The City Fix
By Hamilton Steimer and Vishant Kothari
Urban freight and delivery services boomed during the COVID-19 pandemic as consumers switched to online shopping when businesses were forced to close. The surge in online market activity that began in 2020 builds on a decade of steady growth related to the development of new delivery services, changing demographics and globalizing supply chains.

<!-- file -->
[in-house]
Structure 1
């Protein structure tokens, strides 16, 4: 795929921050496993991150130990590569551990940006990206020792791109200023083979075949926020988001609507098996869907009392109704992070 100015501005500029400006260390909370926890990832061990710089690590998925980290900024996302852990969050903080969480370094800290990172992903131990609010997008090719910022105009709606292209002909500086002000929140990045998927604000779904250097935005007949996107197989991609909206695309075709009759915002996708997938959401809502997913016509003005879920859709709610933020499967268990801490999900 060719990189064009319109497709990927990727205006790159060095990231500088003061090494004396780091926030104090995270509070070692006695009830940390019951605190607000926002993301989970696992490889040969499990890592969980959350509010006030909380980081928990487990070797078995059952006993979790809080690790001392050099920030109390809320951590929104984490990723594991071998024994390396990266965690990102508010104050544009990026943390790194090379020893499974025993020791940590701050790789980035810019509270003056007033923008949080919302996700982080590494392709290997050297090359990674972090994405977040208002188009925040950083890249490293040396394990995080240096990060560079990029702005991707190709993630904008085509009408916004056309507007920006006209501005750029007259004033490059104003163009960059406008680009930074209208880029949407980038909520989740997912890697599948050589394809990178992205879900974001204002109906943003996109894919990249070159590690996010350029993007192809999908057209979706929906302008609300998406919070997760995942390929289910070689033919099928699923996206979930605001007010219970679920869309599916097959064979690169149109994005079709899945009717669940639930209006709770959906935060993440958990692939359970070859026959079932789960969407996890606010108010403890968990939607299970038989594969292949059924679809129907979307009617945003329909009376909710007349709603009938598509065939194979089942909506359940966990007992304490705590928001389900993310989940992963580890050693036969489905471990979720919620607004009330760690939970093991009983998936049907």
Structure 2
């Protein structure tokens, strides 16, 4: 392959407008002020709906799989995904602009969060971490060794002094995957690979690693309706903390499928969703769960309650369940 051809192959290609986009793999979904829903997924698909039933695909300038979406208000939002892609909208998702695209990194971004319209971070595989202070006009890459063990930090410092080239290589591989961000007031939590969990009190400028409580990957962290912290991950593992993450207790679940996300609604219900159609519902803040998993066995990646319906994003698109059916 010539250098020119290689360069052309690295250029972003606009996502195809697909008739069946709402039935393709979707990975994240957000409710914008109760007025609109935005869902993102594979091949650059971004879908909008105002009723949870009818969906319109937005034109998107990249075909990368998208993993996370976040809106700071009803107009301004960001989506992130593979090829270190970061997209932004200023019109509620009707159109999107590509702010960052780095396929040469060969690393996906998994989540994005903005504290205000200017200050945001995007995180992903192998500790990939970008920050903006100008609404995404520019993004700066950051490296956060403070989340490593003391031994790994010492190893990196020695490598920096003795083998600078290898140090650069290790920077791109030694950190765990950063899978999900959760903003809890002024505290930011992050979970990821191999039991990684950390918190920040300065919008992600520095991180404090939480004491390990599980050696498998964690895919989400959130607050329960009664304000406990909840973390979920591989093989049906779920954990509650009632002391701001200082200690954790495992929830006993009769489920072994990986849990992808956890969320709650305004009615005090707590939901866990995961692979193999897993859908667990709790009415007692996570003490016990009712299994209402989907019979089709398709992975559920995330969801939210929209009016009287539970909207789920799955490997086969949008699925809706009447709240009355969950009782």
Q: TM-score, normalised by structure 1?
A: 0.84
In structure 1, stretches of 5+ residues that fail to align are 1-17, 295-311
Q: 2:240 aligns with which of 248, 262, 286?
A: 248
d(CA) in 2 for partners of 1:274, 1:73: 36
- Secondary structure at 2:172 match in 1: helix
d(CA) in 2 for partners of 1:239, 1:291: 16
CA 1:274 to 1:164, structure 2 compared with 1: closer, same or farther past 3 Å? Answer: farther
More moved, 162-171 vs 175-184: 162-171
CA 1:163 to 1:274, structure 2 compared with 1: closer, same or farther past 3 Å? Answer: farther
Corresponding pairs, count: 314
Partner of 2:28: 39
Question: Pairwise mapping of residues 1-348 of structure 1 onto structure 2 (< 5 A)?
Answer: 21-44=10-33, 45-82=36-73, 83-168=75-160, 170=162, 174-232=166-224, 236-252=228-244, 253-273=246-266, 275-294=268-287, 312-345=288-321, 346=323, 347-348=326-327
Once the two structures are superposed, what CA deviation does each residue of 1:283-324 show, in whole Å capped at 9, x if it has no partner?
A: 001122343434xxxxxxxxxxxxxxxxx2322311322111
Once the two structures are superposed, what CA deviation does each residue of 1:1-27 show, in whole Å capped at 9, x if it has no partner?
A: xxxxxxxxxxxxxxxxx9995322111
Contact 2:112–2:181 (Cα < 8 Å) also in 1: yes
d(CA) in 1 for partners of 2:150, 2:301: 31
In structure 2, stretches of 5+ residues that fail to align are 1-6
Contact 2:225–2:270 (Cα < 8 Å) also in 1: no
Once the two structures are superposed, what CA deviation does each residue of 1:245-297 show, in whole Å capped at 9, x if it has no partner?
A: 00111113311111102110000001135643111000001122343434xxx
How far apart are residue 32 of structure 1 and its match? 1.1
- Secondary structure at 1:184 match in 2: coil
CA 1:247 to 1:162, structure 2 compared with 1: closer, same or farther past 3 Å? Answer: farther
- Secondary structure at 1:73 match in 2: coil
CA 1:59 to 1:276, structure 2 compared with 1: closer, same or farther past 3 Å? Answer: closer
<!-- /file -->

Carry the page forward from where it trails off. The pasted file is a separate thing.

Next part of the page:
Rising urban freight and delivery activity produces serious environmental and human health consequences, particularly poor air quality, higher greenhouse gas emissions and increased traffic congestion, which can be especially detrimental to low-income communities. In response, city policymakers are exploring innovative freight solutions that can not only decarbonize the sector, but potentially advance social and economic equity and improve quality of life.
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